Lack of Associations Between Dietary Intake and Gastrointestinal Symptoms in Autism Spectrum Disorder
Ferguson, Bradley J.
Margolis, Kara Gross
Bauman, Margaret L.
Beversdorf, David Q.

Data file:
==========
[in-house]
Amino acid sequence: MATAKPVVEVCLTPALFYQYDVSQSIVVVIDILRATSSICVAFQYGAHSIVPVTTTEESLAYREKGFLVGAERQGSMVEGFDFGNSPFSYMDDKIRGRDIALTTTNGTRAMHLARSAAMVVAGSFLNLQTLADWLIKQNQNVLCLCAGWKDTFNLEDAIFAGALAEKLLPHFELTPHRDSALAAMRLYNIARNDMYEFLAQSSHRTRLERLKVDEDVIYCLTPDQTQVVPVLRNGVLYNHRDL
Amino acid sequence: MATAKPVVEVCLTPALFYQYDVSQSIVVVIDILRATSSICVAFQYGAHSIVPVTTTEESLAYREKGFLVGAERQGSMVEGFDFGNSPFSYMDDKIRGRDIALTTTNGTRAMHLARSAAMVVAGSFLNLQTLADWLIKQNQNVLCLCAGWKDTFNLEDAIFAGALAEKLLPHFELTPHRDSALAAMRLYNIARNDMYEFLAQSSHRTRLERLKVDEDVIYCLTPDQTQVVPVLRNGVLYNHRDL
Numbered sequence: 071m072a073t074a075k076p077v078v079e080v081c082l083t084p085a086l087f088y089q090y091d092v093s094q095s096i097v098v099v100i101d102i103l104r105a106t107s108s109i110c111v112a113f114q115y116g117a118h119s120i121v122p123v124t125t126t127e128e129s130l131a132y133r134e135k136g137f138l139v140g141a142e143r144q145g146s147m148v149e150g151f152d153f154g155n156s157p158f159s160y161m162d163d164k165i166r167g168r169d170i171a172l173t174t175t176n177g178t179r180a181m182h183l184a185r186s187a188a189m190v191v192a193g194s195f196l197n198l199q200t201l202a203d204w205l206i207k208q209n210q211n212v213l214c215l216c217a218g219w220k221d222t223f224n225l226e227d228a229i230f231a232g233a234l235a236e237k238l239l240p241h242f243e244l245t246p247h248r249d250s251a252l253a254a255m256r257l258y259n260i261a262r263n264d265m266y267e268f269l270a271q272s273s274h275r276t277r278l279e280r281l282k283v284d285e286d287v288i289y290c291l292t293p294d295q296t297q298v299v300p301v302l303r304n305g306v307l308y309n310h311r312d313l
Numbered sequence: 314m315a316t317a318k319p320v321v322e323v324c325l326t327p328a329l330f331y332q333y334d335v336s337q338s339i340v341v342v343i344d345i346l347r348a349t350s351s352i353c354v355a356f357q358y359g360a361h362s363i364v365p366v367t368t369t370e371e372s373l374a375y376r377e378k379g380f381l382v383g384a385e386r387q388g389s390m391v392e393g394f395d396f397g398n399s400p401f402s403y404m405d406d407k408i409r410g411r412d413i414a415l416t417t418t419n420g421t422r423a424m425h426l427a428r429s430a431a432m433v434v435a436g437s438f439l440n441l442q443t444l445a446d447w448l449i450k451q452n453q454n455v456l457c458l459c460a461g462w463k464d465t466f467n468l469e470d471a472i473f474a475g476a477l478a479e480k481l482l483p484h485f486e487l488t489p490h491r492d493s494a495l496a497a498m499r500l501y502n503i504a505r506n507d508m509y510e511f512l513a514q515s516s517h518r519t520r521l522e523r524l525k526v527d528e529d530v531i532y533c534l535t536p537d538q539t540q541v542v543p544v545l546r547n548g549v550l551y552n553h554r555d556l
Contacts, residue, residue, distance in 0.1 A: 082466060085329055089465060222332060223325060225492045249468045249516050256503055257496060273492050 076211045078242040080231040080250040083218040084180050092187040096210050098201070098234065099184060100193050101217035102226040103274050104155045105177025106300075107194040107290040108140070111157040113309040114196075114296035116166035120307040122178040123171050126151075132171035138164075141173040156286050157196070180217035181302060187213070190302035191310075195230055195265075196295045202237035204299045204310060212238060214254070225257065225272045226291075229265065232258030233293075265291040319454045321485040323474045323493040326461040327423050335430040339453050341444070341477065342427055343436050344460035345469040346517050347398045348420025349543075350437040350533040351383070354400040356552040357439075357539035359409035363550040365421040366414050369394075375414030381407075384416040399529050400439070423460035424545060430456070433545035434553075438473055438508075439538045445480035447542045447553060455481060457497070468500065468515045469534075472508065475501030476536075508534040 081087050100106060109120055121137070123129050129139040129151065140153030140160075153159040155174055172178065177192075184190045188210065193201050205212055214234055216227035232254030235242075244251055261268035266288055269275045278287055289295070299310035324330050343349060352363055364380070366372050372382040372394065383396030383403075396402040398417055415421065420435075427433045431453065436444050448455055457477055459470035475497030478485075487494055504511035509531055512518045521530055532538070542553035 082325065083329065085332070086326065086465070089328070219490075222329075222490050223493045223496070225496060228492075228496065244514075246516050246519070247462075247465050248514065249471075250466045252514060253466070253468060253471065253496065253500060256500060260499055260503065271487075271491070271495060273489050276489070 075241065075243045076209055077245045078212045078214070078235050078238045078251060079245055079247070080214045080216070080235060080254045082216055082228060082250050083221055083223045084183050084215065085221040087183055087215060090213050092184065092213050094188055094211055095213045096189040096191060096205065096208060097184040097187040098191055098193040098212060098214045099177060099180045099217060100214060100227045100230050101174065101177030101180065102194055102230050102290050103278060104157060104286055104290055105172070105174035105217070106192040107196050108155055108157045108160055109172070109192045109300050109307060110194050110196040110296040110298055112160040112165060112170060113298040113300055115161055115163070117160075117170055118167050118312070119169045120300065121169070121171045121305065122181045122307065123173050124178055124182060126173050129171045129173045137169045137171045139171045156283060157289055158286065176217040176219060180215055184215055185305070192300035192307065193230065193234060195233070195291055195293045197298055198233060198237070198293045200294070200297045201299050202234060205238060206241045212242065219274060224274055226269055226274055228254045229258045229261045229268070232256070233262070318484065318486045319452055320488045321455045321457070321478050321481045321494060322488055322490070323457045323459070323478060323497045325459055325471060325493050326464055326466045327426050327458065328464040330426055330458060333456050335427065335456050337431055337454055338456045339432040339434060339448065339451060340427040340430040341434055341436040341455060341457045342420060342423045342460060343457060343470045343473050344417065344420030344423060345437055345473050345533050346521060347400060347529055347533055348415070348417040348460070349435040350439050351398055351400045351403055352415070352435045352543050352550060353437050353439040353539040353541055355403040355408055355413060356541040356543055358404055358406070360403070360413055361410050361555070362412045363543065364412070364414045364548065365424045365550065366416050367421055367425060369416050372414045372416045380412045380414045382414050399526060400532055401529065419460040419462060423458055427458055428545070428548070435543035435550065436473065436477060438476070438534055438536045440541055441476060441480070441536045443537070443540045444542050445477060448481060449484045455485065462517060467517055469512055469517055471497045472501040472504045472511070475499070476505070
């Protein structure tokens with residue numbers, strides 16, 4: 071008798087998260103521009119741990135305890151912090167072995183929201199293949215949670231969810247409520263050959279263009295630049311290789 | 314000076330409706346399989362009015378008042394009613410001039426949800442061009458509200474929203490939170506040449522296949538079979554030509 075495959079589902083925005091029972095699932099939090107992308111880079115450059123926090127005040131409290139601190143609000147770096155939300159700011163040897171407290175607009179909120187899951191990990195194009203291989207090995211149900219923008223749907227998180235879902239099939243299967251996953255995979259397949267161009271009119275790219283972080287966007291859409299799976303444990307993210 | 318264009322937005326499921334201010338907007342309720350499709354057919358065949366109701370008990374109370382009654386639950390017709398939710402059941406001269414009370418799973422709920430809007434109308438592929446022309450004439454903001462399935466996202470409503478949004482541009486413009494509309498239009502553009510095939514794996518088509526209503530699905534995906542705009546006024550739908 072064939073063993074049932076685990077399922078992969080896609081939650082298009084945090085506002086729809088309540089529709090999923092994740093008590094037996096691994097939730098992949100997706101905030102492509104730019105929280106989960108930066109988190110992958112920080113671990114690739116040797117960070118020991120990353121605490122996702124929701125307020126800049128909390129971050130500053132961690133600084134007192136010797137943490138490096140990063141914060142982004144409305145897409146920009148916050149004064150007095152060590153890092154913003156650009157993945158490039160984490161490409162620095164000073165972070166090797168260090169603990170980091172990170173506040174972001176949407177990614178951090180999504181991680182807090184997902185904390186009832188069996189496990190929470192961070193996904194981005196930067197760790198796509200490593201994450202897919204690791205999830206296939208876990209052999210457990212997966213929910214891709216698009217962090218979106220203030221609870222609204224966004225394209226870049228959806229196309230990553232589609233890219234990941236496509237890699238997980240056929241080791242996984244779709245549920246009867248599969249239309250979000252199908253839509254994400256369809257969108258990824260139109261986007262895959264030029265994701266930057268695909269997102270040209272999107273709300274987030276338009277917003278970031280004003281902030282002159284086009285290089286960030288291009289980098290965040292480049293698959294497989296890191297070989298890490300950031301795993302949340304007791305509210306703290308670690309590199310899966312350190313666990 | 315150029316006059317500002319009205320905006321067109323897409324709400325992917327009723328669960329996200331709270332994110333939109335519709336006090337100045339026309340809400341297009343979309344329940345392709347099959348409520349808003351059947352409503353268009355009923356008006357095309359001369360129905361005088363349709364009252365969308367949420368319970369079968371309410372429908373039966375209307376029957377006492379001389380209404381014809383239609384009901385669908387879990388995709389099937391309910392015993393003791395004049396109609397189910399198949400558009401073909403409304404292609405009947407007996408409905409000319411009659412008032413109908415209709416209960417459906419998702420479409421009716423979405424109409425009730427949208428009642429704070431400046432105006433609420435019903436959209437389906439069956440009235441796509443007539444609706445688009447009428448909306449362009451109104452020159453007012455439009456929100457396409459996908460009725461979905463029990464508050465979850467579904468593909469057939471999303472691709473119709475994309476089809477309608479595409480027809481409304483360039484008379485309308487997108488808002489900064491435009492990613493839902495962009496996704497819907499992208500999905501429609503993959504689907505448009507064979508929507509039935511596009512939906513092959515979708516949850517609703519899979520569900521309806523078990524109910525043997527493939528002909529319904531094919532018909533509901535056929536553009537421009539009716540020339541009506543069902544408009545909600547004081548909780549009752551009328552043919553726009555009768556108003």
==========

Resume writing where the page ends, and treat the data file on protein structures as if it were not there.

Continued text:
Background: Many individuals with autism spectrum disorder (ASD) have significant gastrointestinal (GI) symptoms, but their etiology is currently unknown. Dietary interventions are common in children and adolescents with ASD, including diets with increased omega-3 fatty acids or diets free of gluten and/or casein, which may also impact GI symptoms and nutrition. However, little is known about the relationship between nutritional intake and GI symptomatology in ASD. The objective of this study was to assess the relationships between GI symptoms, omega-3 intake, micronutrients, and macronutrients in children with ASD. Methods: A total of 120 children diagnosed with ASD participated in this multisite study. A food frequency questionnaire was completed by the patient's caretaker. The USDA Food Composition Database was utilized to provide nutritional data for the food items consumed by each participant. GI symptomatology was assessed using a validated questionnaire on pediatric gastrointestinal symptoms. Results: There were no significant associations between GI symptoms and the amount of omega-3 fatty acids and/or other micro- and macronutrients contained in the diet. Conclusions: This study suggests that dietary variations do not appear to drive GI symptoms, nor do GI symptoms drive dietary variations in those with ASD, although causation cannot be determined with this observational assessment. Furthermore, there may be other factors associated with lower GI tract symptoms in ASD, such as increased stress response.